Malaysians under 18 would Need Adult Supervision While Going Out at Night
Government of Malaysia is considering setting a curfew at night past a certain time for Malaysians under the age of 18.
The proposal is being considered to shield young Malaysians from negative influences and bad activities. The authorities believe, a curfew of this kind would safeguard them from getting involved in drugs.
At the Cabinet Committee on Eradicating Drugs meeting chaired by Deputy Prime Minister Wan Azizah Wan Ismail on January 17, this proposal was also discussed and agreed upon. She said that glue sniffing is a serious issue among youngsters and the government is seriously considering implementing the curfew.
Iceland, too, has a similar law implemented for teenagers and children. Malaysia is following the same path.
“We are looking at this policy practised by Iceland. This is a model that we can emulate,” Datuk Seri Wan Azizah said after chairing the meeting on Thursday.
“It may not be easy to implement but we feel this is necessary and can definitely help prevent young people from being involved in negative activities,” she said.
An online poll conducted by The Star revealed that most Malaysians are not in favour of the curfew. Around 1,400 or 49 percent respondents did not agree with the proposal.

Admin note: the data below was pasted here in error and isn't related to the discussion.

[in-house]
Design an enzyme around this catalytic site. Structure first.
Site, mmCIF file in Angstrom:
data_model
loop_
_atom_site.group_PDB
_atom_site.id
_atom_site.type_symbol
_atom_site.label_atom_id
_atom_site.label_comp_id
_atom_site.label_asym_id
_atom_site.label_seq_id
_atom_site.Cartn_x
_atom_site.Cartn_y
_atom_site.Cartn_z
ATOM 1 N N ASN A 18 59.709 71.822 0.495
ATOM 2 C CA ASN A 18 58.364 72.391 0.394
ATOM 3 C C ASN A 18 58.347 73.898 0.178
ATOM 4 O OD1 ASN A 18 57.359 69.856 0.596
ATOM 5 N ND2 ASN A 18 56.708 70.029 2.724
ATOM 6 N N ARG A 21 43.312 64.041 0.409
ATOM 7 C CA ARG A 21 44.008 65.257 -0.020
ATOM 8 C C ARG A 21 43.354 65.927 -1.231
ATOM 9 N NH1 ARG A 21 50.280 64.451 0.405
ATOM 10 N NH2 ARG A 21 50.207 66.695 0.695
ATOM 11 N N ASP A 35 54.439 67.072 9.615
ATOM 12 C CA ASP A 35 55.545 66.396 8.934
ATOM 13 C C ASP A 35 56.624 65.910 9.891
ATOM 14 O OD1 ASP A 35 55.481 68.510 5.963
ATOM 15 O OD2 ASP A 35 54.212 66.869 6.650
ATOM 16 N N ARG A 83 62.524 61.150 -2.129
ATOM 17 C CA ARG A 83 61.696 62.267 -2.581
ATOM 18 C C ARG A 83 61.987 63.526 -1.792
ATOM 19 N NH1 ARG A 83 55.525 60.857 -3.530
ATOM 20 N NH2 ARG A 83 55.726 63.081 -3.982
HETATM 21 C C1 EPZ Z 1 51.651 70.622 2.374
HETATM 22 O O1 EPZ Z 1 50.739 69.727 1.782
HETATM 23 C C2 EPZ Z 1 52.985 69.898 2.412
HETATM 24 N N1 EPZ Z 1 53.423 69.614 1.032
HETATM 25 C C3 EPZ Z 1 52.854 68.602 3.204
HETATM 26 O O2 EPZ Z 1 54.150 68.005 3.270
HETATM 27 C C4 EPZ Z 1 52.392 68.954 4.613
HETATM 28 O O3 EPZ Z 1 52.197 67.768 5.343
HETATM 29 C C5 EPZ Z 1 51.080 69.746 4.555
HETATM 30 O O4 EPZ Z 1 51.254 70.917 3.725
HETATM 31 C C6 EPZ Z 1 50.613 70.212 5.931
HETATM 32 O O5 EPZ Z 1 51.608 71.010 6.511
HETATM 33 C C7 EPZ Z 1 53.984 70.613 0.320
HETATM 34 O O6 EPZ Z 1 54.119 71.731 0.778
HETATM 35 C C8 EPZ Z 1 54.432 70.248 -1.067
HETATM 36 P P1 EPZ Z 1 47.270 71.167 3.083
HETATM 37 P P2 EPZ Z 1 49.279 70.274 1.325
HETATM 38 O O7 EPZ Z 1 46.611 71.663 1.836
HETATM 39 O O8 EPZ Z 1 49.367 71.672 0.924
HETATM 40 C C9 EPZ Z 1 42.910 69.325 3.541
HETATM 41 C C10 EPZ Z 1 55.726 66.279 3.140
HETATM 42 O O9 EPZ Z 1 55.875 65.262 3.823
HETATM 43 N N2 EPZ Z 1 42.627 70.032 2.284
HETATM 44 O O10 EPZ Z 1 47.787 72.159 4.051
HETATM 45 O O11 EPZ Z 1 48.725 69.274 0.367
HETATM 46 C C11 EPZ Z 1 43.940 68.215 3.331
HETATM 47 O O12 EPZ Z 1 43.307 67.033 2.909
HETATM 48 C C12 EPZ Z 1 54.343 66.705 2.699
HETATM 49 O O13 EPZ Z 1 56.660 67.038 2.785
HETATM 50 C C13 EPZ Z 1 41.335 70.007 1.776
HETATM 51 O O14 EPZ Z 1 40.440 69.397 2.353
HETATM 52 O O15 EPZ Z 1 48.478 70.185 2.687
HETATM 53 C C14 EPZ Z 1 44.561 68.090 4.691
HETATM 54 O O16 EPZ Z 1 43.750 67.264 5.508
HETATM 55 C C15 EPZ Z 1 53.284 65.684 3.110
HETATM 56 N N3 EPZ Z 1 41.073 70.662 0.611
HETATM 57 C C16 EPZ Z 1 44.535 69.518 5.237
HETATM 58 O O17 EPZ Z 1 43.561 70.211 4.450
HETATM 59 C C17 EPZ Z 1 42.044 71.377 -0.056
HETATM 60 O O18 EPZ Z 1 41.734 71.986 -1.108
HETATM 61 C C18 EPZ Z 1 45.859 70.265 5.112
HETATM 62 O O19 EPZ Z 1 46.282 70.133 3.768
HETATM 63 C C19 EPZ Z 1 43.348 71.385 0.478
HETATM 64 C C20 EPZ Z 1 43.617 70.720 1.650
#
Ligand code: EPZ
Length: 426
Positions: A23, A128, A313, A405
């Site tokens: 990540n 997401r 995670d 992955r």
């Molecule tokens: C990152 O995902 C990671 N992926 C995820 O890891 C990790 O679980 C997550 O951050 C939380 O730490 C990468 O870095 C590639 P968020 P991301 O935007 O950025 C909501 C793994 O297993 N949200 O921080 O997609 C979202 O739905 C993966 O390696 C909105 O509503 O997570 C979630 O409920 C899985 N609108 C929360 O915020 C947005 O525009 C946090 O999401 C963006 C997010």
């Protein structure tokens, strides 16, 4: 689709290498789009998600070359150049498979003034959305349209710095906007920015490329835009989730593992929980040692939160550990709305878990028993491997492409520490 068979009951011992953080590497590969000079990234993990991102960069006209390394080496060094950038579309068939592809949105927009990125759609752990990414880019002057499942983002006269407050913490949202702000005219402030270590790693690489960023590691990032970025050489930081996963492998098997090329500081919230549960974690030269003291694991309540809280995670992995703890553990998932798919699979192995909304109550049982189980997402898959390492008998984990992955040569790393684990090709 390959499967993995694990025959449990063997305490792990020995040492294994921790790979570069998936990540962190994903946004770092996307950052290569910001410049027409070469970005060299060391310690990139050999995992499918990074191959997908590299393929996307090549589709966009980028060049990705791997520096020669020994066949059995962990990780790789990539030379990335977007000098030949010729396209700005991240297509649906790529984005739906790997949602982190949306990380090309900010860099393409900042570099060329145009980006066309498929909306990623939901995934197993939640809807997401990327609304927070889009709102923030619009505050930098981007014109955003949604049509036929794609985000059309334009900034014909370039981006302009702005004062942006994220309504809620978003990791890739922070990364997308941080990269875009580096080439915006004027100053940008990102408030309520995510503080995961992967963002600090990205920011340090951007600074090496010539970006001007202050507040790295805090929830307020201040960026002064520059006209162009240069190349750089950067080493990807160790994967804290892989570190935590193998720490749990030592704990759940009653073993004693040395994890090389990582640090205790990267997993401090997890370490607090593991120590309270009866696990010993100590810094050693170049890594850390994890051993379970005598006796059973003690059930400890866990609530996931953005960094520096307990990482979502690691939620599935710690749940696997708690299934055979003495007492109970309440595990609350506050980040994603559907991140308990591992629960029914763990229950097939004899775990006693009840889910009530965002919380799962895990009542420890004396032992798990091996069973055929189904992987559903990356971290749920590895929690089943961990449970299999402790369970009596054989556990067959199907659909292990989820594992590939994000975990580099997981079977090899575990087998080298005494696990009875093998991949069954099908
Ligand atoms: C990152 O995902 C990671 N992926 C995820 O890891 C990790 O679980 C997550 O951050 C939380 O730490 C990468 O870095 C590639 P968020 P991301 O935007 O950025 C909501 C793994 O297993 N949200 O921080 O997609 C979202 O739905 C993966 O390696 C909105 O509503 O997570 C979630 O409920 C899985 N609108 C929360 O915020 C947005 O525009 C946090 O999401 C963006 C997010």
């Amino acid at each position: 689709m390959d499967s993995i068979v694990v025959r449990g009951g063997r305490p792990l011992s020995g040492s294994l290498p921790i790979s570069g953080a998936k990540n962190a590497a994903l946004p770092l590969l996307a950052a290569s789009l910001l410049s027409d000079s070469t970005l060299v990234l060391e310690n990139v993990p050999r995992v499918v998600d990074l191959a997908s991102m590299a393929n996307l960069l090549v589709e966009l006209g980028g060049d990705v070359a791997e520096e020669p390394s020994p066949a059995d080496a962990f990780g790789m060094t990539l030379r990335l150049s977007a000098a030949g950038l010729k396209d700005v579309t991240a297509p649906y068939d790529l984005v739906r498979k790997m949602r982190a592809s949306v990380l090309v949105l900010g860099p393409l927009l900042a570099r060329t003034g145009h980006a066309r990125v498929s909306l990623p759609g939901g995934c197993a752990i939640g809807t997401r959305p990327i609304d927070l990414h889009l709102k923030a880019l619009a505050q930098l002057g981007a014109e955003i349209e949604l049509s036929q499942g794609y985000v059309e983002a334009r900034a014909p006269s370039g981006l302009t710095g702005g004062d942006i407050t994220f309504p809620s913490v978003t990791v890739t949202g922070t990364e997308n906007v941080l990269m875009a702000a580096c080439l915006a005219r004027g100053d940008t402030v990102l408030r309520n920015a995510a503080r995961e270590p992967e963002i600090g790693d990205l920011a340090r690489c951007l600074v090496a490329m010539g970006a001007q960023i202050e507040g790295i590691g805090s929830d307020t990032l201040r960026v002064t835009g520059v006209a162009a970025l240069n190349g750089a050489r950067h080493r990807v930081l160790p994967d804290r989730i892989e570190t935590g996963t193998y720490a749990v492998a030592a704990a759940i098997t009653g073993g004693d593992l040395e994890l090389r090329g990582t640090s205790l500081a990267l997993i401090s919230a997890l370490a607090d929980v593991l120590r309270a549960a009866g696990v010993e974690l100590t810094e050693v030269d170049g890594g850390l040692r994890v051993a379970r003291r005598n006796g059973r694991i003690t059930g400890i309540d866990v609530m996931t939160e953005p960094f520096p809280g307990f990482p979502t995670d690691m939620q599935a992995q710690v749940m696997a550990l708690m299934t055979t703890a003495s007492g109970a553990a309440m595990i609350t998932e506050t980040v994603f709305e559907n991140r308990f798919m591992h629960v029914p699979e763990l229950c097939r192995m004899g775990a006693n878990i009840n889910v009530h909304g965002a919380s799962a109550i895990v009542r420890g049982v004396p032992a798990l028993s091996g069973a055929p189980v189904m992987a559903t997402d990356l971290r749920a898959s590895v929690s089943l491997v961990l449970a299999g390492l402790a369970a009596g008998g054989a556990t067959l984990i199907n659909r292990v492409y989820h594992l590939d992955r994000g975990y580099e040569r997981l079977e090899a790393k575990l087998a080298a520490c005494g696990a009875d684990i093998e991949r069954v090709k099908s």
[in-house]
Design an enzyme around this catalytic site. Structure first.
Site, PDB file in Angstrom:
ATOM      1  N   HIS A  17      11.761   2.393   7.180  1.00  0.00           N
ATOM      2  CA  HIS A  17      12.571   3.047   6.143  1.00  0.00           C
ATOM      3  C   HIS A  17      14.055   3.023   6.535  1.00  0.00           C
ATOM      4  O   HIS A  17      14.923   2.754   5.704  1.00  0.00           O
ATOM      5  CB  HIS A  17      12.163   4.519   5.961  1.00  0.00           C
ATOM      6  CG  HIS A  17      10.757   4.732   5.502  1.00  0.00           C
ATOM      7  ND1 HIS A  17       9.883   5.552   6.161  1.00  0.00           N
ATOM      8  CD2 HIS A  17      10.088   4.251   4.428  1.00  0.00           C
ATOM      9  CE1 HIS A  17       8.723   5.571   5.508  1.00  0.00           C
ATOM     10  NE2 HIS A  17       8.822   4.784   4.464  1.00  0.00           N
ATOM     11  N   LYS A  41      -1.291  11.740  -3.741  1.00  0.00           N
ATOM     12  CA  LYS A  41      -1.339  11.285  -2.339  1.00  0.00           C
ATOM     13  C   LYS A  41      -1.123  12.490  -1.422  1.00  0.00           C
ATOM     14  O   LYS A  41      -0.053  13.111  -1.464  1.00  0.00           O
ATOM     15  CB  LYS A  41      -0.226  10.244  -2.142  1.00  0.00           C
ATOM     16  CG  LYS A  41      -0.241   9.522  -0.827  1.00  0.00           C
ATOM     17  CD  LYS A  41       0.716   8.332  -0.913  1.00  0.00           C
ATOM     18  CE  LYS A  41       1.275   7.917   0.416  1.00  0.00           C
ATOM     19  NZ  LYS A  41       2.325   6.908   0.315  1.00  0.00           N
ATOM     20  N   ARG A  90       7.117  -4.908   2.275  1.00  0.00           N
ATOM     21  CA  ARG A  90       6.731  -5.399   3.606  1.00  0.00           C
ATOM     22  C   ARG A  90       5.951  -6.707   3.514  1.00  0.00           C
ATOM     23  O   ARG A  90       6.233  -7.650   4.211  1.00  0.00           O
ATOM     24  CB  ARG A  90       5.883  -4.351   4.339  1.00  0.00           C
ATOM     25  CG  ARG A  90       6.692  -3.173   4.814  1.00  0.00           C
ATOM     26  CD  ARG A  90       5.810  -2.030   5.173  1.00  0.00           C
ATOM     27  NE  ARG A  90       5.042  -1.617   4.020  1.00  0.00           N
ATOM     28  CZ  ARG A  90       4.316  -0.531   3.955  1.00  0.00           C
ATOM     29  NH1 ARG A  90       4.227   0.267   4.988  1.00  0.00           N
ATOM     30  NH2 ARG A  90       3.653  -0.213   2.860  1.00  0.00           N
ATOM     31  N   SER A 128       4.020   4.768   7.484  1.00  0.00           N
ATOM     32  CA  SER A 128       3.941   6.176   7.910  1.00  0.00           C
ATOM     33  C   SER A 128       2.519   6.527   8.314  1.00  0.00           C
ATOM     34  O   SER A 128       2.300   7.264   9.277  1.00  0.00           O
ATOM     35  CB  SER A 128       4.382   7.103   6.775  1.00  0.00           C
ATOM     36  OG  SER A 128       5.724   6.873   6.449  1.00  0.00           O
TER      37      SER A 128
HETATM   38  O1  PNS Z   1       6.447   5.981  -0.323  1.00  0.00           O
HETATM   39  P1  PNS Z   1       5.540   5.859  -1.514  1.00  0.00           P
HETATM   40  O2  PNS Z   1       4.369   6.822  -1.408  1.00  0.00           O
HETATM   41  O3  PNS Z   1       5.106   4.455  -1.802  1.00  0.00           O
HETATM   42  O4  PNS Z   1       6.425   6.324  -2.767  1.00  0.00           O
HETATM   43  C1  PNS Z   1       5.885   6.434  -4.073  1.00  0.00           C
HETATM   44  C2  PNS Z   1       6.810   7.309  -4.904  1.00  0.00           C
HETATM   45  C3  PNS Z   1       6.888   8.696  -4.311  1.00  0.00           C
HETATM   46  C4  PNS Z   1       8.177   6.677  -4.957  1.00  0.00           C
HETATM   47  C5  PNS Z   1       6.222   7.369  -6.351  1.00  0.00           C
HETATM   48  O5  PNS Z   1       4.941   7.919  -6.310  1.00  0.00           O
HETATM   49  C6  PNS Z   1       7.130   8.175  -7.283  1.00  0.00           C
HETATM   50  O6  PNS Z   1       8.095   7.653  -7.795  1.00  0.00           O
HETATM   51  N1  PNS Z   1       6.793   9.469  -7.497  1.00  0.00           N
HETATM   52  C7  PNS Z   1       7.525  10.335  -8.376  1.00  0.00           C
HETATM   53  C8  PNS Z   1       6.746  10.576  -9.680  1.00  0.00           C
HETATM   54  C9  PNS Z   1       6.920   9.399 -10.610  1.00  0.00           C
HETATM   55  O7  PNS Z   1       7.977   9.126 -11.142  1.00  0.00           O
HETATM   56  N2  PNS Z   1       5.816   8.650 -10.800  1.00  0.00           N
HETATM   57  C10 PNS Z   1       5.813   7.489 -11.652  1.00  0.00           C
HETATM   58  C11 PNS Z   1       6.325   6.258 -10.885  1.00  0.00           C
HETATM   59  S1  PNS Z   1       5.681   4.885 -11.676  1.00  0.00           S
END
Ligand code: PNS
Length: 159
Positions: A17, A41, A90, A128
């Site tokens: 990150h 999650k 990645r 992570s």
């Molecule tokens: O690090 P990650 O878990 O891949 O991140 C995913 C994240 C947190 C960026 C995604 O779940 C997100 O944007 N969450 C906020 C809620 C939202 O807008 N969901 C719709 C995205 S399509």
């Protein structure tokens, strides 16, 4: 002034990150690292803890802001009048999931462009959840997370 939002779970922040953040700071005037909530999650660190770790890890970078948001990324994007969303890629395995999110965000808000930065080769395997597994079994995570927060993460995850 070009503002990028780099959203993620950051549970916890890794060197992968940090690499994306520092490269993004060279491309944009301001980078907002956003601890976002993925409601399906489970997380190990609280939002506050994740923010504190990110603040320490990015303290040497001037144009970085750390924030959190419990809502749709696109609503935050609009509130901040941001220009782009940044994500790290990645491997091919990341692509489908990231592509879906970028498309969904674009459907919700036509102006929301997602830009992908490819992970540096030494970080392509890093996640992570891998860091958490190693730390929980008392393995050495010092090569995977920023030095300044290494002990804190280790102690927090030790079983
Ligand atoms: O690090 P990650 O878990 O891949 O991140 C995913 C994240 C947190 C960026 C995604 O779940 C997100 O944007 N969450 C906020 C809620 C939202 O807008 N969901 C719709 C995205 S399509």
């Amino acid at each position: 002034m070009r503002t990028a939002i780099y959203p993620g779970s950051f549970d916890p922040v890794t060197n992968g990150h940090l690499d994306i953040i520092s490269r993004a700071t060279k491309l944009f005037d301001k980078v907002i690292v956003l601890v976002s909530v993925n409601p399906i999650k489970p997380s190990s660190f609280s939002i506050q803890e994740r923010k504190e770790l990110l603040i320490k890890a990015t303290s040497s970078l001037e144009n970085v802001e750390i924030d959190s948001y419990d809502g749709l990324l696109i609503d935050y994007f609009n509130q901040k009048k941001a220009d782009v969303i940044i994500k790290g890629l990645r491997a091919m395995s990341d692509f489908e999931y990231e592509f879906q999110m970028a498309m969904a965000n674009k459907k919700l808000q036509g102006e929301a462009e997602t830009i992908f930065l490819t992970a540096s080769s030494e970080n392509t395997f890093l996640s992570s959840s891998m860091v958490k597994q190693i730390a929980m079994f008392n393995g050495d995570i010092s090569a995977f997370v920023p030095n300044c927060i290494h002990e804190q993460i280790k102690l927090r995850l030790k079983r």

Many people suggested that the government should focus more on education and awareness, rather than creating arbitrary or restrictive laws.
However, 34 percent of respondents to the poll agreed with the imposition of curfew, believing it would help in combating social ills.
Another 17 percent of respondents feel it is a good idea, but implementation would be difficult, as it would require a great number of security personnel to keep a check and handle the cases.
The Cabinet Committee on Eradicating Drugs also discussed drawing up a law to prevent, treat and monitor abusers of psychotropic substances, including inhalants such as glue.
Dr Wan Azizah also suggested that a new law to deal with psychotropic substance abusers is on the list.
“This is still at the proposal stage. We have yet to figure out the punitive actions as well as educational elements that we want to have as part of the law. But what is for sure is that we need to ensure that our future generation is not addicted to psychotropic products and glue sniffing,” she said, adding that while the habit might not look as dangerous as injecting oneself with drugs, the effect of glue sniffing is equally, if not more, dangerous.
Plantation of ketum was also discussed during the Cabinet Committee meeting. It was agreed that Malaysians would seek approval from the authorities before growing ketum, which is used as a painkiller and energy booster, but can lead to serious addiction.
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